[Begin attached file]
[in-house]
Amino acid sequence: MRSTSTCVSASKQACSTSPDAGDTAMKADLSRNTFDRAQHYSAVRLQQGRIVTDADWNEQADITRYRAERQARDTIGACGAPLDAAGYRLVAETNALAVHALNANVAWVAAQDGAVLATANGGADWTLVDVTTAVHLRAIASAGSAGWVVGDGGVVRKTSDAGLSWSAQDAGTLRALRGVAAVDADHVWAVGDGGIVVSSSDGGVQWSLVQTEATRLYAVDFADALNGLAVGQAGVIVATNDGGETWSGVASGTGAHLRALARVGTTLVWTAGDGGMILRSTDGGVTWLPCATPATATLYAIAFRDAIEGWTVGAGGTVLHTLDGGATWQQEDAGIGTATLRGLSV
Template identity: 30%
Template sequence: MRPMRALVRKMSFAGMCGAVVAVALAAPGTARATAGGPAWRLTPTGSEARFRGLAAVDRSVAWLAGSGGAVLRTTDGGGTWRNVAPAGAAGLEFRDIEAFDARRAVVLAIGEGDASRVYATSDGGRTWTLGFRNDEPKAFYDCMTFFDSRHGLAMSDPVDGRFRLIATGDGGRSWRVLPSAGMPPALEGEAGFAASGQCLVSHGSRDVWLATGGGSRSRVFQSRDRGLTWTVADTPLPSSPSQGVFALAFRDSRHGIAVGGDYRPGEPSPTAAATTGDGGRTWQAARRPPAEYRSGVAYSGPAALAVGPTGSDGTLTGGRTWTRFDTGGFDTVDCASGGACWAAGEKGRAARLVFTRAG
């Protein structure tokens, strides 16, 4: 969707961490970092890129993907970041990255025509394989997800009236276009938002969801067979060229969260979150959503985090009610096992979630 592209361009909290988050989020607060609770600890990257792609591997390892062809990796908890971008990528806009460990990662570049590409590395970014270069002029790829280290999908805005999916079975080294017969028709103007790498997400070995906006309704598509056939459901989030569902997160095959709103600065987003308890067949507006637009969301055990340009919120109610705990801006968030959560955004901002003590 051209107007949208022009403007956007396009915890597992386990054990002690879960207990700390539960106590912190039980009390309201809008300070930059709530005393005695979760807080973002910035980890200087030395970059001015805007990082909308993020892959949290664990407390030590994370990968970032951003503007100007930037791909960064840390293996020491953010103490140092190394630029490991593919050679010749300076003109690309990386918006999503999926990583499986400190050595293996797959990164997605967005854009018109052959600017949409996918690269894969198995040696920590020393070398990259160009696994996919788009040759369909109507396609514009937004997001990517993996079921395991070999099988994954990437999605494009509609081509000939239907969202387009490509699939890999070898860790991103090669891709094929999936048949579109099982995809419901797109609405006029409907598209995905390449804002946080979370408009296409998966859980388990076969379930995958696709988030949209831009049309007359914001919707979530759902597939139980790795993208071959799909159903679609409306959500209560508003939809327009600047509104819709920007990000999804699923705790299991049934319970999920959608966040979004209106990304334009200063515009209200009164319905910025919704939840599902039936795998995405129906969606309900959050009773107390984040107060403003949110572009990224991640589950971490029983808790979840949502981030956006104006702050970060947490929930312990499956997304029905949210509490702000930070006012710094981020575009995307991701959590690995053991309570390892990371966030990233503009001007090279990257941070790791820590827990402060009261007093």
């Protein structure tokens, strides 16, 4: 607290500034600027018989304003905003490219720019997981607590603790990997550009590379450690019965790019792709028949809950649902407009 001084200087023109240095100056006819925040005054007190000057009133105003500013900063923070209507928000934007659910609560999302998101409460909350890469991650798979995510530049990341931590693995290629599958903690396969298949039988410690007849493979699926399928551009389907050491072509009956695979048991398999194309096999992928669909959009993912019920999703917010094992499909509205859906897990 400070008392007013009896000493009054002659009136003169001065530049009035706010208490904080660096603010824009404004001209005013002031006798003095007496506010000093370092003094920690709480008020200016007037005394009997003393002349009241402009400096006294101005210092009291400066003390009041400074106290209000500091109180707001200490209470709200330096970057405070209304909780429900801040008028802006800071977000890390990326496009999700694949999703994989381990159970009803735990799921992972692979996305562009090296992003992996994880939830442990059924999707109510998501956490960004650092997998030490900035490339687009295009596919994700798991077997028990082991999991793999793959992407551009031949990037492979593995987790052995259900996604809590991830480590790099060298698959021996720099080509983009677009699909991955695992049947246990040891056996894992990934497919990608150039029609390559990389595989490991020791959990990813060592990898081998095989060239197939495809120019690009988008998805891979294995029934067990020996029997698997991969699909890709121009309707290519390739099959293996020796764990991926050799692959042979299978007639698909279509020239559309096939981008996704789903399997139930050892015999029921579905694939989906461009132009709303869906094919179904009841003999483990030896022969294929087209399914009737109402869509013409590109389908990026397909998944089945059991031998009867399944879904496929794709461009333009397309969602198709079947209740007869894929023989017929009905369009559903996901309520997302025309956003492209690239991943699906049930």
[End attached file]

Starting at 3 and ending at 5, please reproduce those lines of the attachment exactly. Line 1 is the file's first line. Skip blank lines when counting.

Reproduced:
Template identity: 30%
Template sequence: MRPMRALVRKMSFAGMCGAVVAVALAAPGTARATAGGPAWRLTPTGSEARFRGLAAVDRSVAWLAGSGGAVLRTTDGGGTWRNVAPAGAAGLEFRDIEAFDARRAVVLAIGEGDASRVYATSDGGRTWTLGFRNDEPKAFYDCMTFFDSRHGLAMSDPVDGRFRLIATGDGGRSWRVLPSAGMPPALEGEAGFAASGQCLVSHGSRDVWLATGGGSRSRVFQSRDRGLTWTVADTPLPSSPSQGVFALAFRDSRHGIAVGGDYRPGEPSPTAAATTGDGGRTWQAARRPPAEYRSGVAYSGPAALAVGPTGSDGTLTGGRTWTRFDTGGFDTVDCASGGACWAAGEKGRAARLVFTRAG
């Protein structure tokens, strides 16, 4: 969707961490970092890129993907970041990255025509394989997800009236276009938002969801067979060229969260979150959503985090009610096992979630 592209361009909290988050989020607060609770600890990257792609591997390892062809990796908890971008990528806009460990990662570049590409590395970014270069002029790829280290999908805005999916079975080294017969028709103007790498997400070995906006309704598509056939459901989030569902997160095959709103600065987003308890067949507006637009969301055990340009919120109610705990801006968030959560955004901002003590 051209107007949208022009403007956007396009915890597992386990054990002690879960207990700390539960106590912190039980009390309201809008300070930059709530005393005695979760807080973002910035980890200087030395970059001015805007990082909308993020892959949290664990407390030590994370990968970032951003503007100007930037791909960064840390293996020491953010103490140092190394630029490991593919050679010749300076003109690309990386918006999503999926990583499986400190050595293996797959990164997605967005854009018109052959600017949409996918690269894969198995040696920590020393070398990259160009696994996919788009040759369909109507396609514009937004997001990517993996079921395991070999099988994954990437999605494009509609081509000939239907969202387009490509699939890999070898860790991103090669891709094929999936048949579109099982995809419901797109609405006029409907598209995905390449804002946080979370408009296409998966859980388990076969379930995958696709988030949209831009049309007359914001919707979530759902597939139980790795993208071959799909159903679609409306959500209560508003939809327009600047509104819709920007990000999804699923705790299991049934319970999920959608966040979004209106990304334009200063515009209200009164319905910025919704939840599902039936795998995405129906969606309900959050009773107390984040107060403003949110572009990224991640589950971490029983808790979840949502981030956006104006702050970060947490929930312990499956997304029905949210509490702000930070006012710094981020575009995307991701959590690995053991309570390892990371966030990233503009001007090279990257941070790791820590827990402060009261007093």